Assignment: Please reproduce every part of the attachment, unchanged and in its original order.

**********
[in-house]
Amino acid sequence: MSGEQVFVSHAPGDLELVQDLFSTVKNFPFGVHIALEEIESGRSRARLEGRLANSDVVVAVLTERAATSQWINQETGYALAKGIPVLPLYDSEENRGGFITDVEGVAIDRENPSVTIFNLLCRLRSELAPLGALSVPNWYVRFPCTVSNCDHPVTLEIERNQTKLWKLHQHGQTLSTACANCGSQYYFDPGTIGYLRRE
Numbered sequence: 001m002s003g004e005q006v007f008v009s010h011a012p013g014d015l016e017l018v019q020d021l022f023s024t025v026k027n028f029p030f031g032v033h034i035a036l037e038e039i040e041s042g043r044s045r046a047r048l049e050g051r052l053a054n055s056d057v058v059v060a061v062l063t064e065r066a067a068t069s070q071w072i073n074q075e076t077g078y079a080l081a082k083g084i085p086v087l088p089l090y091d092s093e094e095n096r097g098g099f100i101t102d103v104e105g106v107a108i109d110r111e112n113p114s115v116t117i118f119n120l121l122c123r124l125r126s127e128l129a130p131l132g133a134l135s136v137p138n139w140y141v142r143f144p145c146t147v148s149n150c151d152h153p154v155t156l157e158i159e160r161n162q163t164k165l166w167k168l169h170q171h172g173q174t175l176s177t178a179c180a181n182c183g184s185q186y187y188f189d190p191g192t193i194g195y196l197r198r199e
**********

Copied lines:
[in-house]
Amino acid sequence: MSGEQVFVSHAPGDLELVQDLFSTVKNFPFGVHIALEEIESGRSRARLEGRLANSDVVVAVLTERAATSQWINQETGYALAKGIPVLPLYDSEENRGGFITDVEGVAIDRENPSVTIFNLLCRLRSELAPLGALSVPNWYVRFPCTVSNCDHPVTLEIERNQTKLWKLHQHGQTLSTACANCGSQYYFDPGTIGYLRRE
Numbered sequence: 001m002s003g004e005q006v007f008v009s010h011a012p013g014d015l016e017l018v019q020d021l022f023s024t025v026k027n028f029p030f031g032v033h034i035a036l037e038e039i040e041s042g043r044s045r046a047r048l049e050g051r052l053a054n055s056d057v058v059v060a061v062l063t064e065r066a067a068t069s070q071w072i073n074q075e076t077g078y079a080l081a082k083g084i085p086v087l088p089l090y091d092s093e094e095n096r097g098g099f100i101t102d103v104e105g106v107a108i109d110r111e112n113p114s115v116t117i118f119n120l121l122c123r124l125r126s127e128l129a130p131l132g133a134l135s136v137p138n139w140y141v142r143f144p145c146t147v148s149n150c151d152h153p154v155t156l157e158i159e160r161n162q163t164k165l166w167k168l169h170q171h172g173q174t175l176s177t178a179c180a181n182c183g184s185q186y187y188f189d190p191g192t193i194g195y196l197r198r199e